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New Campaign Seeks to Make Egypt’s Streets More Accessible for the Disabled

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New Campaign Seeks to Make Egypt’s Streets More Accessible for the Disabled

Navigating Egypt’s public spaces can be a difficult task for anyone living in a place like Cairo. Its debilitating traffic, poorly-paved streets, lack of pavements, and all kinds of barriers one needs to conquer, are enough to make one think twice before stepping out into city life. For someone with a disability, these challenges obviously become exceedingly more difficult.

In a new campaign aimed to raise awareness about the needs of the disabled, the Helm Foundation, in association with Drosos and Bassita, aims to highlight disability issues as well as to generate donations from the public in support of the cause.

The campaign features a video starring famed Egyptian actors Menna Shalaby and Ahmed Malek where the daily struggles of persons with disabilities in Egypt are portrayed.

Also, for every share, comment and like the video receives, a donation goes to Helm which will directly fund a project to make the areas surrounding the premises of Cairo University more accessible.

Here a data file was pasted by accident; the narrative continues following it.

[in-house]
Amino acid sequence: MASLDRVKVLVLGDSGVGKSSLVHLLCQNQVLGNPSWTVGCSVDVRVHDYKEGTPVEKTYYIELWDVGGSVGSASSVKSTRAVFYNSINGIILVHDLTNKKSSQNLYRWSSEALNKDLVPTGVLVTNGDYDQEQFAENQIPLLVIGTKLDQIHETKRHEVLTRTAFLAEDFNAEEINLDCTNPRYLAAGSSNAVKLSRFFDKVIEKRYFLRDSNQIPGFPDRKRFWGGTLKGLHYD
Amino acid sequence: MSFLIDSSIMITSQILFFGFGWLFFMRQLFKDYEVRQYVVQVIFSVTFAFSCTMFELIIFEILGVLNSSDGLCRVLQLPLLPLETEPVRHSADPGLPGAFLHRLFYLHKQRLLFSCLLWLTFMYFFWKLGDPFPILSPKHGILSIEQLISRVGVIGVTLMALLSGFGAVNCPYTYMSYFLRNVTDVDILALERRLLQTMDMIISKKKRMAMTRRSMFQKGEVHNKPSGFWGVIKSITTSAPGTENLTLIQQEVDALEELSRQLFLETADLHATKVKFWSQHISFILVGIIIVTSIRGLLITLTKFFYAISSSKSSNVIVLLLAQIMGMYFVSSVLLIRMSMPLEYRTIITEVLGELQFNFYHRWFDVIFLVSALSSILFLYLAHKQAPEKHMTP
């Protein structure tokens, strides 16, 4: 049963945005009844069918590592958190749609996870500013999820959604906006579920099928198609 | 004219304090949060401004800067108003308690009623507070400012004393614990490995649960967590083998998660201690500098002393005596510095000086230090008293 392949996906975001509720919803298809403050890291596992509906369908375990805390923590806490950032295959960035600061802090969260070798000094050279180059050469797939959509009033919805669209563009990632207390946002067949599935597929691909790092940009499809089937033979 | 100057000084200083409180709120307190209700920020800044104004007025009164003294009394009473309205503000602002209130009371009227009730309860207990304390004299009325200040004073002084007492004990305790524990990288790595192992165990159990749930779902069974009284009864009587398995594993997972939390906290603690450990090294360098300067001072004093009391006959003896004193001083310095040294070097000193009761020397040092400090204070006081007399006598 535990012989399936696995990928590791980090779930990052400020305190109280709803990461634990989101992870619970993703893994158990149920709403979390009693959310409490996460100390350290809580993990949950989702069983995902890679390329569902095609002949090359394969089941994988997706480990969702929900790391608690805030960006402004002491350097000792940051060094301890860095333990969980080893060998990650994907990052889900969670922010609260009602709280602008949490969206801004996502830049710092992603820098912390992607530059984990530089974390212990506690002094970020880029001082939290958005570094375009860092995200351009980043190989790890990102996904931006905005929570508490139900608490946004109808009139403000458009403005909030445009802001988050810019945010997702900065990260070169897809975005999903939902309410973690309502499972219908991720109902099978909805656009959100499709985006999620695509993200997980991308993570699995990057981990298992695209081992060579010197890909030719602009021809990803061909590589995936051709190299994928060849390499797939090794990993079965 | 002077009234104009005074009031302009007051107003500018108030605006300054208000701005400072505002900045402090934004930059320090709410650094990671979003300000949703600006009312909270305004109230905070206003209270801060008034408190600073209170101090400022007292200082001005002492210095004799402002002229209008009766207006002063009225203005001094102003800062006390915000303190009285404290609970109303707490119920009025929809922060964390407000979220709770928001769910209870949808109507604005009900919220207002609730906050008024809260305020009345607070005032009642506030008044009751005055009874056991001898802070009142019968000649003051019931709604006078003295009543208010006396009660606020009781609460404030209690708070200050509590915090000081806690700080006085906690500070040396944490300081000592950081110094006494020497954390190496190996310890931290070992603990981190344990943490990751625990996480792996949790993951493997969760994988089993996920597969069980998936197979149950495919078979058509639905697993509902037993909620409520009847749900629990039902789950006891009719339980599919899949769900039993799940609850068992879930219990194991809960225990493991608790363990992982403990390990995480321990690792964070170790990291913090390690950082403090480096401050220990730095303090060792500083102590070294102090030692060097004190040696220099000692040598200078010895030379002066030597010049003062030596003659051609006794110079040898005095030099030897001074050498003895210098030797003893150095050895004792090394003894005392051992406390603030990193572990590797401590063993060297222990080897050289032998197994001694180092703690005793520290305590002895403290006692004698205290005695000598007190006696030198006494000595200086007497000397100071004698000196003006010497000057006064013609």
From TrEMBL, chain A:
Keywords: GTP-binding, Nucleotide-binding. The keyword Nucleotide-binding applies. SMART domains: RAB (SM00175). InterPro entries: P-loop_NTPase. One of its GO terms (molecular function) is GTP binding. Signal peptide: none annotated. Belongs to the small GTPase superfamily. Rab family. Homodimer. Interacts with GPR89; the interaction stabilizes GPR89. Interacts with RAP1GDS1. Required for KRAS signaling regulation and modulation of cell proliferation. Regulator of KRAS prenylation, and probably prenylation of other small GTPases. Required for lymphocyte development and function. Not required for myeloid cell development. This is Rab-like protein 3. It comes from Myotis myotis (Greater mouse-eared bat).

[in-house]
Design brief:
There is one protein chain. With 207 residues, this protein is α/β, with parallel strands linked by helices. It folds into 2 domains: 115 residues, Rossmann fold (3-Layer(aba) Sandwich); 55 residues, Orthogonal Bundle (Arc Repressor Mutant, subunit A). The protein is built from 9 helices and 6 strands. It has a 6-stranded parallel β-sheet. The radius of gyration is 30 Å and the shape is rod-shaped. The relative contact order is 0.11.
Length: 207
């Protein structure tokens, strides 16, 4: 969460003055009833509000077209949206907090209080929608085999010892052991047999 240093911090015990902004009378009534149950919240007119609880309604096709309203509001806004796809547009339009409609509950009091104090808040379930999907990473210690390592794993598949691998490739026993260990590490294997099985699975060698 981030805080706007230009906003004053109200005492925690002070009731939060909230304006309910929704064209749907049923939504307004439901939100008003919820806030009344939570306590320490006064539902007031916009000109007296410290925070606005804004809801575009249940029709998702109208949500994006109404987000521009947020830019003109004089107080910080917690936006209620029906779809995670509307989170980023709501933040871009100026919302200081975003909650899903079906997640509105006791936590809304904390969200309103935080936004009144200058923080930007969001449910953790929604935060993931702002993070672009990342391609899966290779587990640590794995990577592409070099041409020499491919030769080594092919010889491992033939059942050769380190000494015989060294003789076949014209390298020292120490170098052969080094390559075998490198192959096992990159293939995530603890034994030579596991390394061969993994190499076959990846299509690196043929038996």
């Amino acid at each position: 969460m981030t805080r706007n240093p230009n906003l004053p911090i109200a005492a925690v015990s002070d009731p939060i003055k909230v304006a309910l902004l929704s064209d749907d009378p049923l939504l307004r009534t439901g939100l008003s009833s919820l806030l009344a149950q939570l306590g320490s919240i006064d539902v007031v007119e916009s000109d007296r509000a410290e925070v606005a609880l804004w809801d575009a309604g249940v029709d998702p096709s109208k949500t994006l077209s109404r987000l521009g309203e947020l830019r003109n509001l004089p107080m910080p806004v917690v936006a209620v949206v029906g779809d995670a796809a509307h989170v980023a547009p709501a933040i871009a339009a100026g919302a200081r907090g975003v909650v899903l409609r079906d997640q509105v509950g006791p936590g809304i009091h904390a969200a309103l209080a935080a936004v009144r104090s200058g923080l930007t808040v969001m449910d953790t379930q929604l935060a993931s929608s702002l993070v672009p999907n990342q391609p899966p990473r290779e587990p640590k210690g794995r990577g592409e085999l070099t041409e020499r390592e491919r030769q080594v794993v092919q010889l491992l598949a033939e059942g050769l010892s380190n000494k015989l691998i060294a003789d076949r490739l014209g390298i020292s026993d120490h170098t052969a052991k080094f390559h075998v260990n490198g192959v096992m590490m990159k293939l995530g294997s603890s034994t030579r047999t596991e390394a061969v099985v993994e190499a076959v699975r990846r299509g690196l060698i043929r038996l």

Helm aims to install ramps and tactile blocks on sidewalks, renovate the Faysal and Cairo University metro stations as well as building a new bus station at Cairo University that everyone can use.

Speaking to Egyptian Streets, Helm Ambassador Magdy Abdel-Sayed said that the ultimate purpose of the video is the ”full inclusion of people with disabilities in Egyptian society.”

Despite the positive response the video has received, Abdel-Sayed stresses that in order for people with disabilities to have the same opportunities as the rest of society, “there is still a long way to go.”

Egyptian authorities have for long been criticized for not recognizing the accessibility issue as a serious problem that, according to Helm, at least 14 million Egyptians suffer from.

Indicating that the problem remains largely hidden, Abdel-Sayed says that “people with disabilities are afraid to leave their homes because of the dangers and discrimination they will face”.

The Egyptian government should earmark special resources to disability issues, he adds.

“Egyptian government [should] allocate a certain budget which specifically goes to the needs of people with disabilities in Egypt.”

Commenting on the video, Cairo-based independent disability consultant Peter Fremlin tells Egyptian Streets that he thinks the video is both attractive and appealing in that it is directed to a different audience who takes notice when famous actors are involved.

He also says that the fact that Helm is partnering with private businesses is an interesting development in terms of the disability question in Egypt.

“This is an issue that’s grown in importance and [has been] publicly highlighted in the past five years in Egypt,” he says.